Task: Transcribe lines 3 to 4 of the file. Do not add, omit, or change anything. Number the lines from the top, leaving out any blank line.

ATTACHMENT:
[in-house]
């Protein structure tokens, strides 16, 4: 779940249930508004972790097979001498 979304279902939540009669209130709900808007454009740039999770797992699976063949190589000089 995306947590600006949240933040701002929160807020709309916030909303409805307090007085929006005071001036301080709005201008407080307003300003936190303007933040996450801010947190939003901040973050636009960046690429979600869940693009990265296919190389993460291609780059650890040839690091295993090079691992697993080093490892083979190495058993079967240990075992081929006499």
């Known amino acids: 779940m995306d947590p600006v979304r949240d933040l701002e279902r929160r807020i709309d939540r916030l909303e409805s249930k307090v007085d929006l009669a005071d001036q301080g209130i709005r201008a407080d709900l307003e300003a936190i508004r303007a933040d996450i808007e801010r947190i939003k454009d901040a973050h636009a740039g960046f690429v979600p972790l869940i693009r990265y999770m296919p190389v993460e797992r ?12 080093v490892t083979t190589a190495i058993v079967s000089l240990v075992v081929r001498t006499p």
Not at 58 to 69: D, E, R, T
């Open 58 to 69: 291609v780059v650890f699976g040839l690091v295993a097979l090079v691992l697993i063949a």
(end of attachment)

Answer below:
């Known amino acids: 779940m995306d947590p600006v979304r949240d933040l701002e279902r929160r807020i709309d939540r916030l909303e409805s249930k307090v007085d929006l009669a005071d001036q301080g209130i709005r201008a407080d709900l307003e300003a936190i508004r303007a933040d996450i808007e801010r947190i939003k454009d901040a973050h636009a740039g960046f690429v979600p972790l869940i693009r990265y999770m296919p190389v993460e797992r ?12 080093v490892t083979t190589a190495i058993v079967s000089l240990v075992v081929r001498t006499p």
Not at 58 to 69: D, E, R, T